Cardinal Sean at the Chrism Mass

Cardinal Sean at the Chrism Mass

Taking a break from Pope Francis blogging (though I’m loving his Chrism Mass homily too and hope to share some excerpts from it later) to share some words from my local bishop. Here are a few excerpts from Cardinal Sean’s homily from Tuesday’s Chrism Mass (If you click through you can listen as well as read the full text.)

He opens with a typical joke. His remarks on St Patrick and fearing the Italians were going to get even made me laugh. Though maybe you have to hear it. Part of what makes it so funny is Cardinal Sean’s delivery, so understated:

I was very sorry to miss St. Patrick’s Day last week here in Boston.  I did manage to get to the Pontifical Irish College in Rome for a great meal with the Irish community there.  No corned beef, our normal Seder meal here in Boston.  The food, though, was green, orange and white.

The whole pre-Conclave atmosphere where I was leading in the Italian polls was quite surrealistic.  I thought of St. Patrick who was of a Roman family living in Britain.  Patrick was an Irish wanabee, he was actually an Italian kidnapped by Irish pirates.  I was worried that the Italians were trying to get even. Actually, I was very touched by the Italian people’s enthusiasm for your Archbishop.

about the reading from Acts:

One of my favorite books in the New Testament is St. Luke’s Acts of the Apostles, which has been called the Gospel of the Spirit.  Acts highlights the ministries of Saint Peter and Saint Paul but the real protagonists of this book are the Holy Spirit and the community of faith.  It is a book of frenetic action amid a constantly shifting scene: Conspiracy and intrigue and ambush; hostile confrontations and fierce conflicts, rioting lynch mobs and incessant missionary journeys all over the Mediterranean world, complete with shipwrecks and venomous serpents, chains and imprisonments and at least two successful prison breaks; famine and earthquake; crime and punishment; and powerful sermons, all guided by the Holy Spirit who was poured out on those first Christians at Pentecost.

In our Greek classes, the old German friar who taught us stressed how St. Luke used classical literary forms and the most elevated style for the Acts of the Apostles, but that the way Acts ends so abruptly is quite a departure from the literary construction of the rest of the book.  There are several plausible explanations:  Luke may have died, leaving the work unfinished; Amazon may have cancelled his contract, or, as I like to believe, he meant that the Acts of the Apostles never really ended, that now we are the new cast of characters and the Holy Spirit is leading us in these turbulent times.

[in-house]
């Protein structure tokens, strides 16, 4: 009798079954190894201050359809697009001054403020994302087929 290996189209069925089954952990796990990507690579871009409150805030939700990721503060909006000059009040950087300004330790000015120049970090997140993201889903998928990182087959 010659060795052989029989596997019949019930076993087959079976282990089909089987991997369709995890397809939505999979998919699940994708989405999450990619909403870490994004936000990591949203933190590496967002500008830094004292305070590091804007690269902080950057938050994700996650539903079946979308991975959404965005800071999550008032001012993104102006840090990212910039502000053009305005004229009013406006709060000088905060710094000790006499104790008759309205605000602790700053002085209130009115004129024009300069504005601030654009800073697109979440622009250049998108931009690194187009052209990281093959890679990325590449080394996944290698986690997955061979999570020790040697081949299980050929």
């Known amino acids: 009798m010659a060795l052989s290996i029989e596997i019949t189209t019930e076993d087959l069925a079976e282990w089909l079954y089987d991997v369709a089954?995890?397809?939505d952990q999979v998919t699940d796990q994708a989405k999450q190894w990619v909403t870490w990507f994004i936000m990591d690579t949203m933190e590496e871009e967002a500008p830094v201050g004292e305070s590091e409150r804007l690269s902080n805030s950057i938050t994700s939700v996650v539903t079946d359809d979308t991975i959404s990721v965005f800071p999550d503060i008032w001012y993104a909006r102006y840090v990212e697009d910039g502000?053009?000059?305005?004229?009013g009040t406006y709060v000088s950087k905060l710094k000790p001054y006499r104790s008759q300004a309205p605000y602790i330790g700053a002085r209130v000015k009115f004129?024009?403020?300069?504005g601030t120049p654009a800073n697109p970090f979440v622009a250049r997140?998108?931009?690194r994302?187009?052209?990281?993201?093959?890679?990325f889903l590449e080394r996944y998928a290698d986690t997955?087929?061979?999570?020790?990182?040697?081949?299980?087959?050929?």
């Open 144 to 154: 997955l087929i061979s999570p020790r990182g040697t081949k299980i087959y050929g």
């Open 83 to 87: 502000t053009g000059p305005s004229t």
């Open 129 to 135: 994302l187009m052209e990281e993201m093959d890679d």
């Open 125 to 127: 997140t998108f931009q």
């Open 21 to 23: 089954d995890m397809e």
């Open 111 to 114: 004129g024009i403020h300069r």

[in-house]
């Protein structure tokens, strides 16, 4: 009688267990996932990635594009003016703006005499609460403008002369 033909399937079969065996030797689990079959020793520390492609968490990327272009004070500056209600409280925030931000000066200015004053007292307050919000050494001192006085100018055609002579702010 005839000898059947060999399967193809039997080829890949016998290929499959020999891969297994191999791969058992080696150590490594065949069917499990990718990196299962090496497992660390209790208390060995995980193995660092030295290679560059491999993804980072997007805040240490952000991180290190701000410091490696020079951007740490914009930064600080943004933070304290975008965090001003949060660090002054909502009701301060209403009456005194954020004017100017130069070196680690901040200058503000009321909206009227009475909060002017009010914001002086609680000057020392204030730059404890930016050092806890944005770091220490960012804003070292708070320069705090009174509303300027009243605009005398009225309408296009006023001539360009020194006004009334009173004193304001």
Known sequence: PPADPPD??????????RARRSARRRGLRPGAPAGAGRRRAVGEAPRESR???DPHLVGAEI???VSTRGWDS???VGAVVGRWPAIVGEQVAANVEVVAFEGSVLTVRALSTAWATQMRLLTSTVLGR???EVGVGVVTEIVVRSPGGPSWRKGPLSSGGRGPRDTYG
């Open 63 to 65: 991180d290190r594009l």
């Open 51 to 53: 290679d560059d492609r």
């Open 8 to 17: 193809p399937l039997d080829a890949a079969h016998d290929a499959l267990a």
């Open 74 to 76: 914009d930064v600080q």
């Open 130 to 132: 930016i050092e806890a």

I love his description of Acts as the Gospel of the Spirit.And his description of the action reminds me of the grandfather’s description of the action in The Princess Bride. It really makes me want to re-read Acts. And his conclusion that we are the new cast of characters… wow. Blows my mind.

about kissing the altar:

Archbishop Sartain wrote a very moving letter to his priests urging them to say Mass each day.  He says, “as a husband kisses his wife with affection each morning, so a priest should kiss the altar every day.”  This is a very public gesture made in the presence of those gathered for the Eucharist; but it is at the same time an intensely private gesture, an act of affection and surrender, an act of love and trust.  Even more to the point, the priest’s kissing the altar is an act of identification: he is proclaiming to Christ, to himself and to his parishioners that it is Christ the High Priest who makes him who he is.  We kiss the altar as a sign of the Lord himself, the sacrifice of Calvary, and the table of the Last Supper.  Everything we do flows from the altar and back to it.  The kiss symbolizes our daily embrace of the sacrifice of Christ as our way of life, for on the day of our ordination, we were totally and irrevocably joined to Christ our High Priest.

on the widow’s mite:

Once as a young priest I was unvesting in the sacristy after Mass when a young Bolivian lad came in and handed me a hundred dollar bill.  This is the first time this happened in that parish.  I said, “What is this?” and he explained that he had found it in the parking lot.  I was surprised that anyone who would have been in that lot would have had a hundred dollar bill.  I knew the boy and his family.  I had just recently baptized his little sister Shirley who had Down Syndrome.  Their father had recently abandoned the mother and five children who were undocumented immigrants and were living in deplorable conditions.  I went and spoke with the mom, Anita, who was waiting with the other children.  I said, “Anita, do you have any money?” She said, “No, Father”, and then, “actually I had five dollars I was going to use to buy food, but then I heard today’s Gospel about the widow’s mite.  So, I decided to put it in the collection.”  I gave Anita the $100 bill and said, “I think God wants you to have this.  If anyone shows up looking for their hundred dollars, I’ll take care of it.”  Needless to say, no one ever came.

Join the discussion

This site uses Akismet to reduce spam. Learn how your comment data is processed.